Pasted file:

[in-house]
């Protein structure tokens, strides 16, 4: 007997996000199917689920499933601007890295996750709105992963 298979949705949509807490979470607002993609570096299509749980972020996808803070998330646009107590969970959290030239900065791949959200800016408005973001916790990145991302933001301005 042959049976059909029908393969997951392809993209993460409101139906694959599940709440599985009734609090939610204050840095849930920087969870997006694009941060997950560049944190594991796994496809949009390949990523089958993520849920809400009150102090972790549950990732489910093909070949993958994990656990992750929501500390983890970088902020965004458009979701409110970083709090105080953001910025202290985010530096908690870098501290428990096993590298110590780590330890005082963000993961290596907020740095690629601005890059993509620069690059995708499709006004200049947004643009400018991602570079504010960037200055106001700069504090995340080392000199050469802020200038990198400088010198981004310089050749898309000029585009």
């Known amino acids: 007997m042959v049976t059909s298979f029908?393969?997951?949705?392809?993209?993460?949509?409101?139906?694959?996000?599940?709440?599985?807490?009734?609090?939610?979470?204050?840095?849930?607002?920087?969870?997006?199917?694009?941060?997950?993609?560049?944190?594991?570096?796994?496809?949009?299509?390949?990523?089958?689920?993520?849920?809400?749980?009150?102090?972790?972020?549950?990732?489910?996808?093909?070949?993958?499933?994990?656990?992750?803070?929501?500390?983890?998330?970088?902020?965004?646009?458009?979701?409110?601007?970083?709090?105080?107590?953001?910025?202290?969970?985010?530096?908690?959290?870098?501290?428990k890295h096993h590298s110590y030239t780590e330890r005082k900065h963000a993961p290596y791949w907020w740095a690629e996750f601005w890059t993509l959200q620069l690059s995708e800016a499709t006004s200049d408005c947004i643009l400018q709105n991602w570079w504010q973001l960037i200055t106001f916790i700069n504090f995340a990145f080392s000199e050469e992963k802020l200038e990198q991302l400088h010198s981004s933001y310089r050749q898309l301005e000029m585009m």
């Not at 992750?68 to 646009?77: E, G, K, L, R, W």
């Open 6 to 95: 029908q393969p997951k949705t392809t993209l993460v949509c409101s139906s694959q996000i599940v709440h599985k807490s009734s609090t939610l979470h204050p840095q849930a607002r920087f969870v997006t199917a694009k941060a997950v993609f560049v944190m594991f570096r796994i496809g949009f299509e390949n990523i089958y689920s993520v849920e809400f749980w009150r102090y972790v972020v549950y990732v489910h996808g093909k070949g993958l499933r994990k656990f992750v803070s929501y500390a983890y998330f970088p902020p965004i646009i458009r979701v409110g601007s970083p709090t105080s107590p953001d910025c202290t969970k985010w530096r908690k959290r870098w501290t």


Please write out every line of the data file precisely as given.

[in-house]
């Protein structure tokens, strides 16, 4: 007997996000199917689920499933601007890295996750709105992963 298979949705949509807490979470607002993609570096299509749980972020996808803070998330646009107590969970959290030239900065791949959200800016408005973001916790990145991302933001301005 042959049976059909029908393969997951392809993209993460409101139906694959599940709440599985009734609090939610204050840095849930920087969870997006694009941060997950560049944190594991796994496809949009390949990523089958993520849920809400009150102090972790549950990732489910093909070949993958994990656990992750929501500390983890970088902020965004458009979701409110970083709090105080953001910025202290985010530096908690870098501290428990096993590298110590780590330890005082963000993961290596907020740095690629601005890059993509620069690059995708499709006004200049947004643009400018991602570079504010960037200055106001700069504090995340080392000199050469802020200038990198400088010198981004310089050749898309000029585009």
């Known amino acids: 007997m042959v049976t059909s298979f029908?393969?997951?949705?392809?993209?993460?949509?409101?139906?694959?996000?599940?709440?599985?807490?009734?609090?939610?979470?204050?840095?849930?607002?920087?969870?997006?199917?694009?941060?997950?993609?560049?944190?594991?570096?796994?496809?949009?299509?390949?990523?089958?689920?993520?849920?809400?749980?009150?102090?972790?972020?549950?990732?489910?996808?093909?070949?993958?499933?994990?656990?992750?803070?929501?500390?983890?998330?970088?902020?965004?646009?458009?979701?409110?601007?970083?709090?105080?107590?953001?910025?202290?969970?985010?530096?908690?959290?870098?501290?428990k890295h096993h590298s110590y030239t780590e330890r005082k900065h963000a993961p290596y791949w907020w740095a690629e996750f601005w890059t993509l959200q620069l690059s995708e800016a499709t006004s200049d408005c947004i643009l400018q709105n991602w570079w504010q973001l960037i200055t106001f916790i700069n504090f995340a990145f080392s000199e050469e992963k802020l200038e990198q991302l400088h010198s981004s933001y310089r050749q898309l301005e000029m585009m």
């Not at 992750?68 to 646009?77: E, G, K, L, R, W």
């Open 6 to 95: 029908q393969p997951k949705t392809t993209l993460v949509c409101s139906s694959q996000i599940v709440h599985k807490s009734s609090t939610l979470h204050p840095q849930a607002r920087f969870v997006t199917a694009k941060a997950v993609f560049v944190m594991f570096r796994i496809g949009f299509e390949n990523i089958y689920s993520v849920e809400f749980w009150r102090y972790v972020v549950y990732v489910h996808g093909k070949g993958l499933r994990k656990f992750v803070s929501y500390a983890y998330f970088p902020p965004i646009i458009r979701v409110g601007s970083p709090t105080s107590p953001d910025c202290t969970k985010w530096r908690k959290r870098w501290t």